In 2001, the IOM launched an assisted voluntary return and reintegration programme helping migrants return to their home countries. This programme aims to provide "an orderly and humane return and reintegration of migrants who are unable or unwilling to remain in host or transit countries and wish to return voluntarily to their countries of origin".

After the raid on April 13, Yacouba tried to find refuge in a church in Oran. He hopes to get help from the IOM so he can safely return to the Ivory Coast.


"If the police catch us, we will end up in the middle of the desert, heading towards a country that isn’t even ours"


At the church, they had us fill out voluntary return forms, provided by the IOM, detailing our requests for assistance in returning to our home countries. They gave us clothes and fed us but told us that we couldn’t sleep there because the police routinely searched the premises.

Our Observer and several other migrants found temporary respite in a church in Oran. (Photo by our Observer.)

However, our requests for voluntary return might take time, seeing as there is a lot of demand. So, we’ll have to try to survive until then. If the police catch us, we will end up in the middle of the desert, heading towards a country that isn’t even ours.

Afraid of the police sweep, migrants hide in an abandoned construction site in Oran on April 15, 2018. (Photo by our Observer)


I’m with about a dozen other migrants. We were lucky enough to escape the latest wave of arrests. We spend our days at the church. Then, when it gets dark, we hide out in old construction sites.

Our Observer spends the night with other escapees in an abandoned construction site in Oran. (Photo taken on April 15, 2018)

Up until 2014, Niger and Algeria had an agreement, allowing for migrants from Niger to be deported back to their home country. However, since December 2016, authorities in Algeria have been arresting migrants from all different countries in West and Central Africa and deporting them to the no man’s land between Algeria and Niger.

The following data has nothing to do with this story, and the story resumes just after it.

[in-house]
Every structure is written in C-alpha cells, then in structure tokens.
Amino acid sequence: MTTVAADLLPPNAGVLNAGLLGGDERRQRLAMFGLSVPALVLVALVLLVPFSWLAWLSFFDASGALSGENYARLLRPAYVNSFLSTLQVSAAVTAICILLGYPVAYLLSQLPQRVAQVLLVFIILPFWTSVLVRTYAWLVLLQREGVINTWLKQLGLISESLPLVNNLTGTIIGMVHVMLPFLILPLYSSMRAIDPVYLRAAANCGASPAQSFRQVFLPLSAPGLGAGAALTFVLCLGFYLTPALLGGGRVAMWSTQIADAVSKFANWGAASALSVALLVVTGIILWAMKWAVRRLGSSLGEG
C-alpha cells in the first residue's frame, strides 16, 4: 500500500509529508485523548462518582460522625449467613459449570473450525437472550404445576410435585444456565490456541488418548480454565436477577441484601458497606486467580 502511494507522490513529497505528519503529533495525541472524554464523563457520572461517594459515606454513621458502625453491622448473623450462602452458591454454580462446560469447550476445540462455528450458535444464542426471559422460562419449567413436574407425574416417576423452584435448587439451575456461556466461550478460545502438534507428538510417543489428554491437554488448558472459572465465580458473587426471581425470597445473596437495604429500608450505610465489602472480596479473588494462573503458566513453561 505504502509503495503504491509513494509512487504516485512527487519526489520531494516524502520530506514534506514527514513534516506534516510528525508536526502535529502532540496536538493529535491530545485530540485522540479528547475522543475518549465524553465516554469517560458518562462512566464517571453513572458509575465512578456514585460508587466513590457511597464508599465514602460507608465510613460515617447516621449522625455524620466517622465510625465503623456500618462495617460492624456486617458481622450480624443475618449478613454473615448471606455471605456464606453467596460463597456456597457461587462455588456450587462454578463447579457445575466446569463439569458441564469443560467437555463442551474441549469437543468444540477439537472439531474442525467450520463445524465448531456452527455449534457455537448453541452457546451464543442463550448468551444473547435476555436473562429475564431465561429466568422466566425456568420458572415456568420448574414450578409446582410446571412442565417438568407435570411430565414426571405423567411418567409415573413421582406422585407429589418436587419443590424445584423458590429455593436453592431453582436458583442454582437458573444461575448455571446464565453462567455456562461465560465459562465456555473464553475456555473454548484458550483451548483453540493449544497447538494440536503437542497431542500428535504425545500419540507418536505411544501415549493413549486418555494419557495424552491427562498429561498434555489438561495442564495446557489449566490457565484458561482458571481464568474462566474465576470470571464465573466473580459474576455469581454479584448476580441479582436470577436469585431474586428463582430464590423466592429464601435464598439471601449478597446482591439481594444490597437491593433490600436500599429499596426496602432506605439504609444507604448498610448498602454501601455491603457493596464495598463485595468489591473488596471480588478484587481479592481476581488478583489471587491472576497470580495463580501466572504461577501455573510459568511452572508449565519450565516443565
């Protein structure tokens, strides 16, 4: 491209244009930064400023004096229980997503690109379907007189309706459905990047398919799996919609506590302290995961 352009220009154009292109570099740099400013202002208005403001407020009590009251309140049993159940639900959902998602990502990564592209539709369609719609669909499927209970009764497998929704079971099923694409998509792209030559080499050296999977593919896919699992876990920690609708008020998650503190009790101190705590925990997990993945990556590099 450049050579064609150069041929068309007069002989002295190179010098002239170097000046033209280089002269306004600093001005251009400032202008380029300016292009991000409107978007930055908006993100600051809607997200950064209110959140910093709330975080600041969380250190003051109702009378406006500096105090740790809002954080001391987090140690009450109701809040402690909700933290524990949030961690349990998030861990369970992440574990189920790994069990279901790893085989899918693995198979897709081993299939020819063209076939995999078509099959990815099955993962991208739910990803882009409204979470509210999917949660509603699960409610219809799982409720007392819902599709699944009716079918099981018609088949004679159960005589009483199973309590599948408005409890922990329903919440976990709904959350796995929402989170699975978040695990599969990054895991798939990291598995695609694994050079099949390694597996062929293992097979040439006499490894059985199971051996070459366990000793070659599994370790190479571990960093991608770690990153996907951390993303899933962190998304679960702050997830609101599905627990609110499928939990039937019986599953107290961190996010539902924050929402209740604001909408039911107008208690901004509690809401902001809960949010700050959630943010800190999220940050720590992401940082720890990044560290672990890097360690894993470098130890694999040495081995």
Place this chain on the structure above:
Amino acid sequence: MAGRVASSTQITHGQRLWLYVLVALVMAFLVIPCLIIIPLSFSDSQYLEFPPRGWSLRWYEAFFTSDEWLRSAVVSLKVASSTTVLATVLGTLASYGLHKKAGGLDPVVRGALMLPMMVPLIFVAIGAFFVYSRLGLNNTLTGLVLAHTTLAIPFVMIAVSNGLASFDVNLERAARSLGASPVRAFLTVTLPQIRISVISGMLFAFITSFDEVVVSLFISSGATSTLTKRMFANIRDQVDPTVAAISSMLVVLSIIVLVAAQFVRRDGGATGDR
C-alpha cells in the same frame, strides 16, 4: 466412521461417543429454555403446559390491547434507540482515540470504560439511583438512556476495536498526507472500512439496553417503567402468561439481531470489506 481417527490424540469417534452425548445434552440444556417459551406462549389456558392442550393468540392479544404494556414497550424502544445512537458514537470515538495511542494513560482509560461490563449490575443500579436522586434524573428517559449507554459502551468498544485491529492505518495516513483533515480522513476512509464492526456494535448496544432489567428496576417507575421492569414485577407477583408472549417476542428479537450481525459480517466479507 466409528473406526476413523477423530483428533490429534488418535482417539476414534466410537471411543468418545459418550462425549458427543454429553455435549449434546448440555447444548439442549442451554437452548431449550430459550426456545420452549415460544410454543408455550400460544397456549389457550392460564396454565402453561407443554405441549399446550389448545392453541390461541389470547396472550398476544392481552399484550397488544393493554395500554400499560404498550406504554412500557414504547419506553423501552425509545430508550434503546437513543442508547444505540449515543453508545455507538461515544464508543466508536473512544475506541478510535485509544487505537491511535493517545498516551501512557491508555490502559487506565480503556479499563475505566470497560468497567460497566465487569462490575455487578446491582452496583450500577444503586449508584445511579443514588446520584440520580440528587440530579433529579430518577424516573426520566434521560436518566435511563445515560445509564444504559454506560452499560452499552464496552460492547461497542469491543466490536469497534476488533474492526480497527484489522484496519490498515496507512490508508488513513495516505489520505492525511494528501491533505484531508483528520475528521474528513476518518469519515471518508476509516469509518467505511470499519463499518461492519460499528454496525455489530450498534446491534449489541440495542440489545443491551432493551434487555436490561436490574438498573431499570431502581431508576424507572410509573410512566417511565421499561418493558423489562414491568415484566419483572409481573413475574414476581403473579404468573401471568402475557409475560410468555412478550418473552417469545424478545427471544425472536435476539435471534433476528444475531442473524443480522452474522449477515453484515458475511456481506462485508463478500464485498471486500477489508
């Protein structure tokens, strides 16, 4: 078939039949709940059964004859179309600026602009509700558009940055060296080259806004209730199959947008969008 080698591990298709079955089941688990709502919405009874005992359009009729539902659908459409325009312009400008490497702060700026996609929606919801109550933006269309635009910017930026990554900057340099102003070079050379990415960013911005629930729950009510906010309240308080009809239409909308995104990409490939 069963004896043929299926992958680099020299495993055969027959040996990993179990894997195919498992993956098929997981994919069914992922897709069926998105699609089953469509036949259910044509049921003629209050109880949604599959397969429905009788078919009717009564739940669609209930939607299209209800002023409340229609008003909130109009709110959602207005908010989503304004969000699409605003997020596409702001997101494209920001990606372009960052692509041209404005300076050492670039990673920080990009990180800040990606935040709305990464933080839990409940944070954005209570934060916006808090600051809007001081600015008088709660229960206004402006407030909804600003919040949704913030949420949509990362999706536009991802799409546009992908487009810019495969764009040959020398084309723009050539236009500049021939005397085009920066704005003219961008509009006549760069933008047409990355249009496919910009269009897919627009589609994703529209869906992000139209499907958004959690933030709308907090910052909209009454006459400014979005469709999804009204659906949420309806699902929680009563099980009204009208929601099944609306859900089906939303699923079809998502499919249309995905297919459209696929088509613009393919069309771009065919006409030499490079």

Authorities in Niger’s capital, Niamey, condemned these mass deportations, especially the fact that Algerian authorities had started to ship people from all different countries to Niger, not just its citizens.

In a statement on March 17, the International Federation for Human Rights (FIDH) condemned the way that Algerian authorities were treating sub-Saharan migrants, calling the government’s actions illegal.

In reaction to these accusations, representatives from the Algerian government stated, during a meeting of the UN Committee for Migrant Workers on April 10 in Geneva, that these operations were "voluntary repatriations and not deportations".

The Algerian prime minister, Ahmed Ouyahia, said that his authorities would continue deporting migrants so as to preserve national security.

Since the beginning of the year, Algerian authorities have deported several hundred migrants across its southern borders. In February, the number rose to 500 people.

After being arrested in cities in the north of Algeria, these migrants are brought to Tamanrasset (a town 1,800 kilometres south of Alger) before being driven to the border.

Since 2014, close to 28,000 people have been repatriated to Niger from Algeria, according to a fact sheet released by the UN Office for the Coordination of Humanitarian Affairs (OCHA).

>> READ ON THE OBSERVERS: In Algeria, sub-Saharan migrants are scapegoats for politicians